Mona M. Abbas, Walaa H. Ismael, Amira Y. Mahfouz, Ghadir E. Daigham & Mohamed S. Attia
Scientific Reports volume 14, Article number: 1331 (2024)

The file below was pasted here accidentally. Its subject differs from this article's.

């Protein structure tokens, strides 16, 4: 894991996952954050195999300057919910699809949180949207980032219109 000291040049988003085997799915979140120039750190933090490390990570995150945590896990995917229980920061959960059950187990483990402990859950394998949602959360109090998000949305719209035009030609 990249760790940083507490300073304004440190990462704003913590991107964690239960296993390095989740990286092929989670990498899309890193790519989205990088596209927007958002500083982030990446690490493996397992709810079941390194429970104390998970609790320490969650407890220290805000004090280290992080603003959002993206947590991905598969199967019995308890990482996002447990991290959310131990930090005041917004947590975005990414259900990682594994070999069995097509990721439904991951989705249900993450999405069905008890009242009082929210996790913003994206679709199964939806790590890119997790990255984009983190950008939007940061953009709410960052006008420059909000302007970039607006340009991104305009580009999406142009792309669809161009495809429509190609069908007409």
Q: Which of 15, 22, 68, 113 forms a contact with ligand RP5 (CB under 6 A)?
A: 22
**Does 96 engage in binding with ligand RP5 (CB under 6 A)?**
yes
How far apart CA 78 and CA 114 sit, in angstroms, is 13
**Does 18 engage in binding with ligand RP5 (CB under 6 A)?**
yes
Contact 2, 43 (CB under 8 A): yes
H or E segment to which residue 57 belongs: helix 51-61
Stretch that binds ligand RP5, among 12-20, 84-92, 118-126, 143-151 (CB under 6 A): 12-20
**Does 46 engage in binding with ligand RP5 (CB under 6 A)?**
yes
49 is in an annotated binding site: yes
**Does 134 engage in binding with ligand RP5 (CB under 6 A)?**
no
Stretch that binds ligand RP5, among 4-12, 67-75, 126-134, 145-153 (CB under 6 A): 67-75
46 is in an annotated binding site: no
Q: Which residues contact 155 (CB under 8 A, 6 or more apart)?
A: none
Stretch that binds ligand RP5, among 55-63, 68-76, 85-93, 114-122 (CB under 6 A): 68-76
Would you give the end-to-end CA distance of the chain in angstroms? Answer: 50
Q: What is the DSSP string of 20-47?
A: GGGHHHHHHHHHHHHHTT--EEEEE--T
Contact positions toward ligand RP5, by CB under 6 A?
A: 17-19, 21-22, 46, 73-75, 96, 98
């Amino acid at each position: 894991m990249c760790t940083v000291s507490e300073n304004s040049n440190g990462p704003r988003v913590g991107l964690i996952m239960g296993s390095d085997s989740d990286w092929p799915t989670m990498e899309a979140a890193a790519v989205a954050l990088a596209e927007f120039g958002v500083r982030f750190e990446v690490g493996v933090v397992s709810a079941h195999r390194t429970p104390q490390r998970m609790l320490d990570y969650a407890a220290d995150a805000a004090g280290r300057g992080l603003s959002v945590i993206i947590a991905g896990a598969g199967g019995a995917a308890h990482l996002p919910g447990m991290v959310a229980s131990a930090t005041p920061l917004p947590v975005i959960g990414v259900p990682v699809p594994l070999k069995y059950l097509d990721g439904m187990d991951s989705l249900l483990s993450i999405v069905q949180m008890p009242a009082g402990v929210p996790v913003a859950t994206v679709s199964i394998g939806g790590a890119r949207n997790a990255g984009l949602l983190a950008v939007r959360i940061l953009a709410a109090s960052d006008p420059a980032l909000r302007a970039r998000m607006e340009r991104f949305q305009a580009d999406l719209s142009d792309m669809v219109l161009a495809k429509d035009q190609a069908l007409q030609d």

Around the world, a variety of crops, including tomatoes, suffer serious economic losses due to the Rhizoctonia root-rot disease. Herein, Bacillus velezensis, Bacillus megaterium, and Herpaspirillum huttiense isolated from strawberry (Fragaria chiloensis var. ananassa) plants were pragmatic as plant growth promotors for battling the Rhizoctonia root rot disease and bringing about defense mechanisms as well as growth promotional strategies in tomato plants. These endophytic bacteria demonstrated potent antifungal activity against R. solani in vitro along in vivo. Data explained that the isolated endophytic bacteria could produce Indole acetic acid, Gibberellic acid GA, and siderophore as well as solubilize phosphate in the soil. The consortium of (Bacillus velezensis, Bacillus megaterium, and Herpaspirillum huttiense) increased the protection % against Rhizoctonia infection by (79.4%), followed by B. velezensis by (73.52%), H. huttiense by (70.5%), and B. megaterium by (67.64%), respectively. There was an increase in soluble proteins and carbohydrates in infected plants treated with a consortium of endophytic bacteria by 30.7% and 100.2% over untreated infected plants, respectively. Applying endophytic bacteria either alone or in combination lowered the level of malondialdehyde MDA and hydrogen peroxide H2O2 and improved the activities of antioxidant enzymes in both infected and uninfected plants. Also, bacterial endophytes have distinctive reactions regarding the number and concentrations of isozymes in both infected and uninfected plants. It could be recommended the commercial usage of a mixture of targeted bacterial endophyte strains as therapeutic nutrients against Rhizoctonia root-rot disease as well as plant growth inducer.